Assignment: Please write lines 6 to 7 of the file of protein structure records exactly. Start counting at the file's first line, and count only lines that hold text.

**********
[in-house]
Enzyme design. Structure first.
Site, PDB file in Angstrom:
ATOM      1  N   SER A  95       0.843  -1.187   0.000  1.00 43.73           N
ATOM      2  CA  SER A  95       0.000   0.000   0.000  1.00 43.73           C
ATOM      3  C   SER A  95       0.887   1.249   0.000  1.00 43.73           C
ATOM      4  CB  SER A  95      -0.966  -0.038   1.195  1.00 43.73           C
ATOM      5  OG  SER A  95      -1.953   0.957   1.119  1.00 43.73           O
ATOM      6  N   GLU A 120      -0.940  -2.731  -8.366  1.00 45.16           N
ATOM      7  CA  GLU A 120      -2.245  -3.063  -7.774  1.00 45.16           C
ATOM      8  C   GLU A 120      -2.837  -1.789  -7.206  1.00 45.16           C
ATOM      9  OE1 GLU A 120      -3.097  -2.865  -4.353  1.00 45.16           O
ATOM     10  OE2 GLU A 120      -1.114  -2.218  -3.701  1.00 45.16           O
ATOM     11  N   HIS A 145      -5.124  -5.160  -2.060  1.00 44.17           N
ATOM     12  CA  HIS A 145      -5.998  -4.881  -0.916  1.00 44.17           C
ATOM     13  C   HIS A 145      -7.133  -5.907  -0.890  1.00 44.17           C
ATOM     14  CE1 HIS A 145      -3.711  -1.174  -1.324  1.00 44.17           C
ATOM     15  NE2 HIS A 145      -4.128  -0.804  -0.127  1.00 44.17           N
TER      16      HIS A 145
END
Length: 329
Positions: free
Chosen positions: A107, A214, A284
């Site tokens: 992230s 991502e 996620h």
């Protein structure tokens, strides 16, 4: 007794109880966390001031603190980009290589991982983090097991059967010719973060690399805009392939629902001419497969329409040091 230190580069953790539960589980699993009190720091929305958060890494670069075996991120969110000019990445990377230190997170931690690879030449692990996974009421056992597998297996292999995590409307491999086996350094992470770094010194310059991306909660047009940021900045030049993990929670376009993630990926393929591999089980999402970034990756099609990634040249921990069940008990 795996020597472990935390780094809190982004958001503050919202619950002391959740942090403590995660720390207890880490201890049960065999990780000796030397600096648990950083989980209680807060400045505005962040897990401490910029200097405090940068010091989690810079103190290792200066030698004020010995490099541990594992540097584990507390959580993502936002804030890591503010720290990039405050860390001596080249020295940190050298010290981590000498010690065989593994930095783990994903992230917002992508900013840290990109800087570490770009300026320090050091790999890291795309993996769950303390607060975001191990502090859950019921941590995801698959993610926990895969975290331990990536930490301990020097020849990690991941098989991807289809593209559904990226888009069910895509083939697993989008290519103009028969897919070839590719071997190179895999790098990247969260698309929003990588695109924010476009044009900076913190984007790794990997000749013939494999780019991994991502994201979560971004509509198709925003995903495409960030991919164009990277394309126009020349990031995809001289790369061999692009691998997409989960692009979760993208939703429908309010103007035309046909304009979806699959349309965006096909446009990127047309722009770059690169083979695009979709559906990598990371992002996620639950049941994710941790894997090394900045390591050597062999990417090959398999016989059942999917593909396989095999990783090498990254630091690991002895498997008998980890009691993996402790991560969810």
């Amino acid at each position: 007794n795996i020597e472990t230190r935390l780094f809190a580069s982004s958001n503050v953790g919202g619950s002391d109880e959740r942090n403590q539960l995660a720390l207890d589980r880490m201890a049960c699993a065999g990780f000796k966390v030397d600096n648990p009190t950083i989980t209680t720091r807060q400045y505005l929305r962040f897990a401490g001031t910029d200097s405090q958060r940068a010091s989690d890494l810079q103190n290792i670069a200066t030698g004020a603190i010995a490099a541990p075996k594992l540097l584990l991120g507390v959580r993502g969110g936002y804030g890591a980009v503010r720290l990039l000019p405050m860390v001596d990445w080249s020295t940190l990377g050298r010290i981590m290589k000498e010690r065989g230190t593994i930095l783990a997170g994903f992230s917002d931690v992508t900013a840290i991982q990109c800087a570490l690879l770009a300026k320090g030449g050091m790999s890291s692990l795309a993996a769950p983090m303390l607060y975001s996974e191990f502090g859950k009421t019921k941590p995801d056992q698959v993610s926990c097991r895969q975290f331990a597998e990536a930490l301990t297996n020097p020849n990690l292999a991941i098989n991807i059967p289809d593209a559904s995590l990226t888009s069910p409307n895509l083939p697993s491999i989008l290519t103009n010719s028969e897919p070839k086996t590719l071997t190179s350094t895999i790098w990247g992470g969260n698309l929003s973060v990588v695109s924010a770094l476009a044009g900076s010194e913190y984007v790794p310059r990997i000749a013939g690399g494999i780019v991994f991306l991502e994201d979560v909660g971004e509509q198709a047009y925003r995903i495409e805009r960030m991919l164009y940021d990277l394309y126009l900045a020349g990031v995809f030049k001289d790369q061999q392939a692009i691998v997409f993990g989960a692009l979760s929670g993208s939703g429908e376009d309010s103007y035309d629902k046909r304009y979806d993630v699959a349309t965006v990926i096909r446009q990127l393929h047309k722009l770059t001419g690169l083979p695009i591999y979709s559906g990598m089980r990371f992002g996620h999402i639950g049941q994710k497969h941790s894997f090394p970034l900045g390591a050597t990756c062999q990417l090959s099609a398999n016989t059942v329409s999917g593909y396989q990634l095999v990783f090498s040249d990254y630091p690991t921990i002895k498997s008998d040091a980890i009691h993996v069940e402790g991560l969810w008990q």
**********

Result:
ATOM      3  C   SER A  95       0.887   1.249   0.000  1.00 43.73           C
ATOM      4  CB  SER A  95      -0.966  -0.038   1.195  1.00 43.73           C